The average cost of keeping someone in prison, even at its most favorable ratio*, is a little more than twice the cost of educating them. We pay for other people's kids one way or another.

Any large, public institution is going to have problems - and change is going to be difficult to come by. That's the nature of the beast. Public education has its own unique and often outrageous series of challenges. There are lots of good, honest, caring people who work tirelessly to improve our public education system, while also providing an alternative education for their own kids. That's an important choice and one I won't disparage in any way.

For us, though, we value having that skin in the game. I think it provides a bit more credibility to speak where speaking is needed. There's real value in true solidarity. It's easier to combat poverty if you live in the midst of it. It's more painful, for sure, but its a shared pain. And, not to bring theology into this (although I am a preacher), but if there's one thing that makes God truly worthy of worship it's God's decision to enter into our pain and suffer with us.

My daughter may not get the same depth and rigor in public school that she could get other places, but with active and involved parents, we're not really worried about her learning what she needs to learn to get into college. I'm even more excited about her being part of a flawed community that works together, for good and for ill, to try and live life well.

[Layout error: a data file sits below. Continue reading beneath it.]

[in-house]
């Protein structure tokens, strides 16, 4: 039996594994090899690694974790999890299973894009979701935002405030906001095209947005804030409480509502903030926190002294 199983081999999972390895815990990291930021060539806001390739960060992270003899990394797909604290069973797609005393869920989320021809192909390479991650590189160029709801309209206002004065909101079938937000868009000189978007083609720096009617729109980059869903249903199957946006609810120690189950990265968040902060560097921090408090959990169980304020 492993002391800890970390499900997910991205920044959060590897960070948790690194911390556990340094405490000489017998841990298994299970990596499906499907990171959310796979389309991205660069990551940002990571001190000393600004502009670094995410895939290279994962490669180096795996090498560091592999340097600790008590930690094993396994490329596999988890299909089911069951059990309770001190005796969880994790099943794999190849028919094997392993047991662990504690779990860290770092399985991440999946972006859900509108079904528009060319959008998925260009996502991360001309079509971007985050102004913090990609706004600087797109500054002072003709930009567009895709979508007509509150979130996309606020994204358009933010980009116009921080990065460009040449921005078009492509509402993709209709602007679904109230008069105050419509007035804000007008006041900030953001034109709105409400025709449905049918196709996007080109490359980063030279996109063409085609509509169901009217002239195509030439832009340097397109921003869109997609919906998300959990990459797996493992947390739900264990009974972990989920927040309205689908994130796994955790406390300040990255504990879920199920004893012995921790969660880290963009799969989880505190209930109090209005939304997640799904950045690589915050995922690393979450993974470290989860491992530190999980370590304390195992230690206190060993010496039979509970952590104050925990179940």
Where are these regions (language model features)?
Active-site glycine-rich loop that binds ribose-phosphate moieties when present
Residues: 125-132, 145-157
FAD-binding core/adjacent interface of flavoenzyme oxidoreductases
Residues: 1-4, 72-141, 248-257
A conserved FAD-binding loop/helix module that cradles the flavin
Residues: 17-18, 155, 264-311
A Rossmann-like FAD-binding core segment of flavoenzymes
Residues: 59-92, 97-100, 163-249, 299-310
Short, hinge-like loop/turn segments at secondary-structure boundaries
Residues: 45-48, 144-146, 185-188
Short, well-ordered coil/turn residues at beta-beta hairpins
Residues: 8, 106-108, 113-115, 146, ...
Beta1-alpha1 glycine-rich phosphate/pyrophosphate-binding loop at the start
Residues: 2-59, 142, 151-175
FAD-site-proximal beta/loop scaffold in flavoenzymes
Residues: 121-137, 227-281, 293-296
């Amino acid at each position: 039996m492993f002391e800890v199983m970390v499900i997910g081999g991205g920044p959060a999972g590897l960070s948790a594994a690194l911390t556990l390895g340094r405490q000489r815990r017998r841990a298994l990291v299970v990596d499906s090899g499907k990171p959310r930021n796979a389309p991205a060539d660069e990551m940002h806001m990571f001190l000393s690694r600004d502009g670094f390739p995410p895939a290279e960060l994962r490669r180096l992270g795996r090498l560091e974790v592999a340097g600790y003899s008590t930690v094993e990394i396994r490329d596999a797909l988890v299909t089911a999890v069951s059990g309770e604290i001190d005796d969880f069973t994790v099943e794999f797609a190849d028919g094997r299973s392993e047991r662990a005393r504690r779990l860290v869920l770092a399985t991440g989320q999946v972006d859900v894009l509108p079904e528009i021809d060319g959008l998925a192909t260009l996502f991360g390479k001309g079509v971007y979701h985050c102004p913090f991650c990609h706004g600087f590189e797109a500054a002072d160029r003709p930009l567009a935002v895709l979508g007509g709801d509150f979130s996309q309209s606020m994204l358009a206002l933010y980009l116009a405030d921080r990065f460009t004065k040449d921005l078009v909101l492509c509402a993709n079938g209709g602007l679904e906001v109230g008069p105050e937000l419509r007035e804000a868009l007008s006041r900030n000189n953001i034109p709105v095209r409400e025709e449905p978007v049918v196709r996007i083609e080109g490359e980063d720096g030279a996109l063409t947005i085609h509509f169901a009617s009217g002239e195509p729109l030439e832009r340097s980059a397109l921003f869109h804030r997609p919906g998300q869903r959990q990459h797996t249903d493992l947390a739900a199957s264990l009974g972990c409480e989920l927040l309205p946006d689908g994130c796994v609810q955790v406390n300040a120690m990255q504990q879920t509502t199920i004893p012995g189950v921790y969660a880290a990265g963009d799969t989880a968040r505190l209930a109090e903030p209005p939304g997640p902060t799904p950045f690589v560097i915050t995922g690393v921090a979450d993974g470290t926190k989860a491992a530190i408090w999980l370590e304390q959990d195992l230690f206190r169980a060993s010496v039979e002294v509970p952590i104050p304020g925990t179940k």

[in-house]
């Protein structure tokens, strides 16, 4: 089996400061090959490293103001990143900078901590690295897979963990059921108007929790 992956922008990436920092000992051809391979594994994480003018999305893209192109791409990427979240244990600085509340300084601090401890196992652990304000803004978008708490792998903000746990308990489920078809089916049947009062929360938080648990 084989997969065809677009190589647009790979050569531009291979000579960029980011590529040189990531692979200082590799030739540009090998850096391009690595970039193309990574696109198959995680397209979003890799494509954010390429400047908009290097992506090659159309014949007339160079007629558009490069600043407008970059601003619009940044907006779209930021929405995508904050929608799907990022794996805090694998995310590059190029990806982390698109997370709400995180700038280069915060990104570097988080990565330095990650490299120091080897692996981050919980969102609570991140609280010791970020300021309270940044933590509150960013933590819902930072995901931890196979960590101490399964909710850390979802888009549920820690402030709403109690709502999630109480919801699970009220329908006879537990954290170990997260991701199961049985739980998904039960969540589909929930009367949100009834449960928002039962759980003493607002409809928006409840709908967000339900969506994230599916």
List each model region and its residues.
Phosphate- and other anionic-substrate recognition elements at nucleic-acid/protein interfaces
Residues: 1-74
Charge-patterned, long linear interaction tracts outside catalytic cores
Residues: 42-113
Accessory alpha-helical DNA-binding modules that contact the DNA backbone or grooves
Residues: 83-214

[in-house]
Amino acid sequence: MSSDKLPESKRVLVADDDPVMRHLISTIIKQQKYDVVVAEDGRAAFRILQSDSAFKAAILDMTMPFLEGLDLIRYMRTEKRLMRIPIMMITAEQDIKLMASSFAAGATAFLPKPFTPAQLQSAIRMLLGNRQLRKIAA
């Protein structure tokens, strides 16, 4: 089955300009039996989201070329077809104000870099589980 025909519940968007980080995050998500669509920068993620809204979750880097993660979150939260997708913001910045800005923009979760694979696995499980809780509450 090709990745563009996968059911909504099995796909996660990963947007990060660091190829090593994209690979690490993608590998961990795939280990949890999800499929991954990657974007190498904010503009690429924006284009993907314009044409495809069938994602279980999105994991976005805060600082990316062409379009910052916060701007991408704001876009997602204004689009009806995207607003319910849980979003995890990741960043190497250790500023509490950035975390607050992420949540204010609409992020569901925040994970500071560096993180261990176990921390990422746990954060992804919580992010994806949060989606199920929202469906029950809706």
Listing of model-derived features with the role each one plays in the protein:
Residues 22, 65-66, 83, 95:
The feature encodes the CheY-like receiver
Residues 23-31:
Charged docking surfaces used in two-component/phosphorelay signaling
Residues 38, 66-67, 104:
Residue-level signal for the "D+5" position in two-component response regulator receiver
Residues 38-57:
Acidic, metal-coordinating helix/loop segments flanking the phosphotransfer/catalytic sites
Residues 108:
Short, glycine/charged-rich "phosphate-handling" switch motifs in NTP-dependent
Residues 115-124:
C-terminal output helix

Our best efforts will not keep our daughter from pain and suffering - neither her's, nor others' - but we would like to instill in her the notion that there are no hopeless causes.

I recognize this post can sound like I view public schools as a terrible place in need of redemption. All things (and people) need redemption, of course. But for all its faults, there are a lot of dedicated people who give their lives to making public education the best it can be. My wife is one of those people - and she works with a lot of others.

There are lots of great public schools with great students who provide the kind of high class education that most alternatives can only dream of providing. It can be and is done well in a lot of places.

In the end, though, most people would be supportive of successful schools, those that provide a great education to everyone. In the end, though, there are kids who fall through the cracks - sometimes willfully, sometimes through no fault of their own - and we're committed to following them down those cracks and being present in any way we can.

Public education is where that happens and so it's where we need to be. We'll bring our daughter along because we want to be sure every child knows they are as important to us as she is.

*The highest average per pupil spending average I could find is around $11,500; the lowest average per inmate spending average I could find is around $25,000. Most estimates places the cost of incarceration between 7 and 10 times higher than the cost of education, but I want to be as fair as possible.